Orbital View Of Blizzard Conditions Across The Northeastern United States And Canada

By Keith Cowing
Press Release
December 27, 2022
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Orbital View Of Blizzard Conditions Across The Northeastern United States And Canada
Blizzard Conditions Across The Northeastern United States And Canada

A powerful Arctic cold front battered the Midwest and eastern U.S. in late-December 2022. The storm brought blizzard conditions to some areas, life-threatening cold to others, and daunting amounts of lake-effect snow.

As winds howled and snow piled up from what some forecasters called a “once-in-a-generation” storm, so did the traffic accidents, power outages, and transportation woes.

These images show the snow- and cloud-covered northeastern states as observed on December 25, 2022, by the Moderate Resolution Imaging Spectroradiometer (MODIS) on NASA’s Aqua satellite. Cloud streets over Lake Michigan hint at the powerful winds that accompanied the deadly storm. Gusts surged as high as 79 miles (127 kilometers) per hour in Lackawanna, New York. In several other states, winds topped 50 miles per hour, according to data from the National Weather Service.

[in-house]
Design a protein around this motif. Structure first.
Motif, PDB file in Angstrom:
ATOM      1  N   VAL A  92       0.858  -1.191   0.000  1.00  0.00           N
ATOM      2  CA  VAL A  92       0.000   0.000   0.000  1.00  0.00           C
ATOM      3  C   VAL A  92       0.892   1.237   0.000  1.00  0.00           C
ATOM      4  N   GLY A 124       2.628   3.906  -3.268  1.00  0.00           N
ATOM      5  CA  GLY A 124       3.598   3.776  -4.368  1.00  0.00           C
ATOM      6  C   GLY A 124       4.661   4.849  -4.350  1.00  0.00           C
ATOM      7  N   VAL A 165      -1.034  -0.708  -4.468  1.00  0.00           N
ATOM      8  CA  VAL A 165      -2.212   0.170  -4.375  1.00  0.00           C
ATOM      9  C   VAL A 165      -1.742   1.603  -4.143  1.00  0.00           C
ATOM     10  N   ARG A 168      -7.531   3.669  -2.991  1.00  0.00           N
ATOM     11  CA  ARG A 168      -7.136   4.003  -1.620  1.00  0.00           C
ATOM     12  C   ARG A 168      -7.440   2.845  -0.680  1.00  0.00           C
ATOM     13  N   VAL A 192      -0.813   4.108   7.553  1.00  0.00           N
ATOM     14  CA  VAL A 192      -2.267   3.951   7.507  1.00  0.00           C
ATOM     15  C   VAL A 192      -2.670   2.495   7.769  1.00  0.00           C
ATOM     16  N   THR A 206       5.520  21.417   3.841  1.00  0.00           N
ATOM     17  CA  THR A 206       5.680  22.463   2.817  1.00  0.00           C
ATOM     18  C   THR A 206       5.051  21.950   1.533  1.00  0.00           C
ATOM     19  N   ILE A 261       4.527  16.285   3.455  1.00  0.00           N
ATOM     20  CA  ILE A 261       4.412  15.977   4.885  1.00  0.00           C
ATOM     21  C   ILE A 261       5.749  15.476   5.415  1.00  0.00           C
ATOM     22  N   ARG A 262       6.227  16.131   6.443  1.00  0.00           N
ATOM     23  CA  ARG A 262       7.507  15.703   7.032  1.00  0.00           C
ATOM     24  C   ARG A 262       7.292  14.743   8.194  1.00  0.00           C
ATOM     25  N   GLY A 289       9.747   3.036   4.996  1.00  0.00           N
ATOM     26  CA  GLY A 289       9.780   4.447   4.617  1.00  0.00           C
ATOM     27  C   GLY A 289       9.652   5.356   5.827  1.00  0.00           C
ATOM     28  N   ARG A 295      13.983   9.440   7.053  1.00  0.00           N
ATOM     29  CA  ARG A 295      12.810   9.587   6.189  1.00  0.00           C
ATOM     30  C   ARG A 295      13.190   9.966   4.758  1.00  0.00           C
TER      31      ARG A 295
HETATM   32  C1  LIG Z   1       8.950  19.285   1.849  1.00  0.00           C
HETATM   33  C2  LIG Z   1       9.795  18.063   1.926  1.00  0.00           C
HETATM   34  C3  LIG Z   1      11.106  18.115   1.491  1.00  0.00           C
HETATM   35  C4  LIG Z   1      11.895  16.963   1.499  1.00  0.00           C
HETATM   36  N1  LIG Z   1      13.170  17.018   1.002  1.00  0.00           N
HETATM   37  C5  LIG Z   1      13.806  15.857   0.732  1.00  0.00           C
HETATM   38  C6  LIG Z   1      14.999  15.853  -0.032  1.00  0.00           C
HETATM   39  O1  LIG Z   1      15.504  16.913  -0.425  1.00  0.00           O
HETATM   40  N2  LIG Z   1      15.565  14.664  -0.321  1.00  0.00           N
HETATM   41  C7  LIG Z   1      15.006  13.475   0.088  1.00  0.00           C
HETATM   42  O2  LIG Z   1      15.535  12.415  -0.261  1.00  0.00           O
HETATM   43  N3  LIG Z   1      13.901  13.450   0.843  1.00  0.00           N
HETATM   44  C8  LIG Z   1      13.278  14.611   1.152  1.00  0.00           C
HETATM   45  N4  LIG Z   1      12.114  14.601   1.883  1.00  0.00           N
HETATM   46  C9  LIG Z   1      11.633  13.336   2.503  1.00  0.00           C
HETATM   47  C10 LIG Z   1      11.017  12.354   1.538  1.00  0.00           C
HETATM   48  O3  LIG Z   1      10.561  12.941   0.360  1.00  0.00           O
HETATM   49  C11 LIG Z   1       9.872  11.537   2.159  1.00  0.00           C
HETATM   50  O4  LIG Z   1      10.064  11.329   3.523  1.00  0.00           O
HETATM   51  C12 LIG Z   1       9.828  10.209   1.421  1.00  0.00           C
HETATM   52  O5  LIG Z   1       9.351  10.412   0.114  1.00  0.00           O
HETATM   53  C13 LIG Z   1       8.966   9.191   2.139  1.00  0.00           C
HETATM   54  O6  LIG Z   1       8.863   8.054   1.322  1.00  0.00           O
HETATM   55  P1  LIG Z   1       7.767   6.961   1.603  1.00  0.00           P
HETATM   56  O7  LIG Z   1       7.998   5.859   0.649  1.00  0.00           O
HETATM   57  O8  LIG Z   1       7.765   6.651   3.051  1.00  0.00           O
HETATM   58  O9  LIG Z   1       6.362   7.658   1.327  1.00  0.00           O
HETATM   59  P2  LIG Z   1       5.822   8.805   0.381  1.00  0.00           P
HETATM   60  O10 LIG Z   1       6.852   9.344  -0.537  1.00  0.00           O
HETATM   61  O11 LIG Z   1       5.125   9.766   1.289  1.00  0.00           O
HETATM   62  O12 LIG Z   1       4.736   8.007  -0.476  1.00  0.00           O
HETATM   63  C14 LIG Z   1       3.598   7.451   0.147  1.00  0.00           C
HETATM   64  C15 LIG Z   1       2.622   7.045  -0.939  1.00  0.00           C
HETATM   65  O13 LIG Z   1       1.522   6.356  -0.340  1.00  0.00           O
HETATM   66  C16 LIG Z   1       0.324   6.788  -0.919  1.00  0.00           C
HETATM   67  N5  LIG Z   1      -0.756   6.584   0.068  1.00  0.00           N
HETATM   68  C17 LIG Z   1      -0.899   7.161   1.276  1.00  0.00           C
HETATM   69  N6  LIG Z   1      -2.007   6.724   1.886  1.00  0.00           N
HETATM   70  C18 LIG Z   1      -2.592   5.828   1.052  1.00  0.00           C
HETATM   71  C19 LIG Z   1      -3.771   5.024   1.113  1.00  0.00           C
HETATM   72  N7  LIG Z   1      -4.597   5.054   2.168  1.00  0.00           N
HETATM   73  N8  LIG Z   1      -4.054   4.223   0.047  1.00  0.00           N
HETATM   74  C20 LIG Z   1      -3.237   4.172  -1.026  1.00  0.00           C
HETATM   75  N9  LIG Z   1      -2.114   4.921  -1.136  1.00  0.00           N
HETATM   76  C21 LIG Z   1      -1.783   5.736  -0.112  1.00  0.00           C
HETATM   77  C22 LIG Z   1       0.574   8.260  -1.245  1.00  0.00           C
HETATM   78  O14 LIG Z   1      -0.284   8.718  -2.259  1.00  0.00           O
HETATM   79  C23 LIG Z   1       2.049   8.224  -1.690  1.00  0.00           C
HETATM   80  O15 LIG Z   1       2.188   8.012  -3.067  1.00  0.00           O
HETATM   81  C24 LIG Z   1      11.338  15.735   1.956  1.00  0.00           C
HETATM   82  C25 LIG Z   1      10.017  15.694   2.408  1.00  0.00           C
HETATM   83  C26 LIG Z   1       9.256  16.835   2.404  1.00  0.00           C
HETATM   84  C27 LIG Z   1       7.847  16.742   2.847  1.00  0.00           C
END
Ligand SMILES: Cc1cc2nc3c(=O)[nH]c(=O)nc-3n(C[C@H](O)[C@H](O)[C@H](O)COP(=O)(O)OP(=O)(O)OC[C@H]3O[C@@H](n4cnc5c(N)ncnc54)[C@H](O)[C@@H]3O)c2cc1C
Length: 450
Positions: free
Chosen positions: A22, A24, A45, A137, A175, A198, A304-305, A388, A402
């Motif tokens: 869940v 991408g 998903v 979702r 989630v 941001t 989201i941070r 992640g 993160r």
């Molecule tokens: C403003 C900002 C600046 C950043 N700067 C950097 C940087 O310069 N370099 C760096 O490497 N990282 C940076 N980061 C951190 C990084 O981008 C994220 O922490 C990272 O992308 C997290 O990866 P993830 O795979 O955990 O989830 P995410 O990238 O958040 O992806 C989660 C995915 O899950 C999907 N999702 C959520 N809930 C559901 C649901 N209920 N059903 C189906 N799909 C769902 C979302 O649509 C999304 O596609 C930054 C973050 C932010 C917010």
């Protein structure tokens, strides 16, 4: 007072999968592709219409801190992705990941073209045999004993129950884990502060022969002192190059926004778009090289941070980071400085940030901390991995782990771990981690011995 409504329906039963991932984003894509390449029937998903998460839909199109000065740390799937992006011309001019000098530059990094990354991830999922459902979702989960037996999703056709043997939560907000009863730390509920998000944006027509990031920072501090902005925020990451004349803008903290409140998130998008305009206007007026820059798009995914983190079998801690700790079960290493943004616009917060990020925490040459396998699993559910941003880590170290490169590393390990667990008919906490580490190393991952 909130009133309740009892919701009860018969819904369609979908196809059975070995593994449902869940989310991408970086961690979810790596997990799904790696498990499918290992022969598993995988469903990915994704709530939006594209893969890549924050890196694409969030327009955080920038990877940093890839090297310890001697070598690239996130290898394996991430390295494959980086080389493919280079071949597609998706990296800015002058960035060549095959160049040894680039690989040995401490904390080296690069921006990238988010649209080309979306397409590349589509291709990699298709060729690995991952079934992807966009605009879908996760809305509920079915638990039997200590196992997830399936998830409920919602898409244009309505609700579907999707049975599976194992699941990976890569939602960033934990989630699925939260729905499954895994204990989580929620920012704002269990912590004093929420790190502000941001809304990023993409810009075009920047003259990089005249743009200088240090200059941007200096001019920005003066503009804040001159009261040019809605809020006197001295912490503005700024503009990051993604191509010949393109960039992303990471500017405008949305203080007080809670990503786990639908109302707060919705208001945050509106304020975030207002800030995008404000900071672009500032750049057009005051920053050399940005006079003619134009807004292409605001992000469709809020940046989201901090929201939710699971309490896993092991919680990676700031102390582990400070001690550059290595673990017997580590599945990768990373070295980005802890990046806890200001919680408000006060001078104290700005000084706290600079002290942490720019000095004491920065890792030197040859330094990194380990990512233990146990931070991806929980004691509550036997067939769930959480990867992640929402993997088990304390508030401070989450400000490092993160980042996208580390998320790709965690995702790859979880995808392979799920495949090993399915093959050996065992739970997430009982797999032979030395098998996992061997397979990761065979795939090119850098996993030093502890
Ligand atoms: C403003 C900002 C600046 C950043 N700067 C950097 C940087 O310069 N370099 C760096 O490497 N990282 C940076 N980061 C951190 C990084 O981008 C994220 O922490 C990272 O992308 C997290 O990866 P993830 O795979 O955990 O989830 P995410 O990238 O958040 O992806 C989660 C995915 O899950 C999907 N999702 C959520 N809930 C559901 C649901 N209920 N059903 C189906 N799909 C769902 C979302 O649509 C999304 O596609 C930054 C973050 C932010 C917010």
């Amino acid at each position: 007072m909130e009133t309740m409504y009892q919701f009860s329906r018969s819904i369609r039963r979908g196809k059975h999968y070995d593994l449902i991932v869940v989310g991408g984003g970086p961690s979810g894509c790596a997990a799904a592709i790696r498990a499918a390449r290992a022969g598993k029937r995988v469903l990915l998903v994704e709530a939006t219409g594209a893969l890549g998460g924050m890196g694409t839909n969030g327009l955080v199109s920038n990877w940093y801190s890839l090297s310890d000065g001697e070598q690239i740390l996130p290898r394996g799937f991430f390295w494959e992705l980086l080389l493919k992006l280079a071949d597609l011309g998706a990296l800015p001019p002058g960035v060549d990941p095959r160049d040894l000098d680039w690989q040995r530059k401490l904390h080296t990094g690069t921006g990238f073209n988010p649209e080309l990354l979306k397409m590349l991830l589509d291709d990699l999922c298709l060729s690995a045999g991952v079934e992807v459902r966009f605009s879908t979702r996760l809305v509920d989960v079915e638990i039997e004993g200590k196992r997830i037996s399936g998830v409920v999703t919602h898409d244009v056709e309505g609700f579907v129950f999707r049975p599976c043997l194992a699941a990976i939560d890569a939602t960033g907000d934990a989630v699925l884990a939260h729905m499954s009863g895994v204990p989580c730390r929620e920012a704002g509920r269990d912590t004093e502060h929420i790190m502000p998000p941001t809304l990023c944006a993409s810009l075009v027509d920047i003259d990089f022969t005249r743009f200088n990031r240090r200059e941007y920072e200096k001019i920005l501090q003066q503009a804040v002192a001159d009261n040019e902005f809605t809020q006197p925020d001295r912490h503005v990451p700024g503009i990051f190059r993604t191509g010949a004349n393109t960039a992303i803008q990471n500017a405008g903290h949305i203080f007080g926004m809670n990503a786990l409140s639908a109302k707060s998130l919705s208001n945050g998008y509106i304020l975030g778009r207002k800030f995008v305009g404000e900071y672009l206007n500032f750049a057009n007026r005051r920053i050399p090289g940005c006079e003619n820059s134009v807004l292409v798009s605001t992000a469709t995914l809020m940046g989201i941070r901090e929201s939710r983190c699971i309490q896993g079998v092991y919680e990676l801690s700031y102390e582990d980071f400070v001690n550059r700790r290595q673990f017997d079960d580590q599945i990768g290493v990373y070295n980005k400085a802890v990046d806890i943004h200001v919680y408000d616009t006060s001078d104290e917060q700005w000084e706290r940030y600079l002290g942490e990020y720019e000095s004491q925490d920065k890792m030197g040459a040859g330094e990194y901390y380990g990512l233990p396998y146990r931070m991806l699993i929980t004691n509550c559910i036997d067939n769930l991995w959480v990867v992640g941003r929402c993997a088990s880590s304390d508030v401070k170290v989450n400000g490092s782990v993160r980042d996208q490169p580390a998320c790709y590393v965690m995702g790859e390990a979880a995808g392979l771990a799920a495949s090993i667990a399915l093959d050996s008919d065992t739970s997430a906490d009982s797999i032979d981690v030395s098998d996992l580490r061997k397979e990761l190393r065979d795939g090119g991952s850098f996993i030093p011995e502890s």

The bands of clouds streaming off the lakes, which form when cold air passes over open water, can produce lake-effect snow. While snowfall totals generally stayed below 5 inches (13 centimeters) in most areas touched by the storm, lake-effect snow caused totals to surge above 50 inches in communities east of Lake Ontario and Lake Erie in upstate New York—including Buffalo. In these areas, early winter storms are known for producing huge amounts of snow because the lakes often have not frozen over yet.

The first image is natural color, while the second uses a combination of visible and shortwave infrared light (bands 7-2-1) to distinguish clouds (white) from snow and ice (blue). The ripple pattern in the clouds was likely caused by the presence of wave clouds. Wave clouds typically form when air gets forced upward by hills and mountains, in this case, the Appalachians. When gravity causes the air to fall back down, it begins to oscillate, creating the waves. Clouds generally form on the cool crests of waves when there is enough moisture in the air.

NASA Earth Observatory images by Joshua Stevens, using MODIS data from NASA EOSDIS LANCE and GIBS/Worldview. Story by Adam Voiland. Larger imagery

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